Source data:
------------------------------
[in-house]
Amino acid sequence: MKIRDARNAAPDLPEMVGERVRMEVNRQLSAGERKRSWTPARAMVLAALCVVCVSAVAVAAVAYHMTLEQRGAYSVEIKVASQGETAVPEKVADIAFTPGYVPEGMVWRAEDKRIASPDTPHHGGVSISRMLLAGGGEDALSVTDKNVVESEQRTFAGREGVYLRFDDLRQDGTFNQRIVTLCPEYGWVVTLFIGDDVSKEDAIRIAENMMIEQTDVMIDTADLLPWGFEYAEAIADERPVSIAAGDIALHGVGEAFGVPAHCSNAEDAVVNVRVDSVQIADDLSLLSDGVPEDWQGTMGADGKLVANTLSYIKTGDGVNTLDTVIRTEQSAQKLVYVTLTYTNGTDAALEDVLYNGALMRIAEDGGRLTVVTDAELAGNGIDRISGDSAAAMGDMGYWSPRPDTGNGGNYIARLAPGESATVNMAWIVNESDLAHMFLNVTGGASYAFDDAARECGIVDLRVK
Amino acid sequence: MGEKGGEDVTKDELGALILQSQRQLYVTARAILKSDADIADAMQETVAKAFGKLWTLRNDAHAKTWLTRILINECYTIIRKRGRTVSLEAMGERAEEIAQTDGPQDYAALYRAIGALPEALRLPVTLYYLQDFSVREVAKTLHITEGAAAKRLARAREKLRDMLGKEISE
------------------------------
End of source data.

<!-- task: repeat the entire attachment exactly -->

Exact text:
[in-house]
Amino acid sequence: MKIRDARNAAPDLPEMVGERVRMEVNRQLSAGERKRSWTPARAMVLAALCVVCVSAVAVAAVAYHMTLEQRGAYSVEIKVASQGETAVPEKVADIAFTPGYVPEGMVWRAEDKRIASPDTPHHGGVSISRMLLAGGGEDALSVTDKNVVESEQRTFAGREGVYLRFDDLRQDGTFNQRIVTLCPEYGWVVTLFIGDDVSKEDAIRIAENMMIEQTDVMIDTADLLPWGFEYAEAIADERPVSIAAGDIALHGVGEAFGVPAHCSNAEDAVVNVRVDSVQIADDLSLLSDGVPEDWQGTMGADGKLVANTLSYIKTGDGVNTLDTVIRTEQSAQKLVYVTLTYTNGTDAALEDVLYNGALMRIAEDGGRLTVVTDAELAGNGIDRISGDSAAAMGDMGYWSPRPDTGNGGNYIARLAPGESATVNMAWIVNESDLAHMFLNVTGGASYAFDDAARECGIVDLRVK
Amino acid sequence: MGEKGGEDVTKDELGALILQSQRQLYVTARAILKSDADIADAMQETVAKAFGKLWTLRNDAHAKTWLTRILINECYTIIRKRGRTVSLEAMGERAEEIAQTDGPQDYAALYRAIGALPEALRLPVTLYYLQDFSVREVAKTLHITEGAAAKRLARAREKLRDMLGKEISE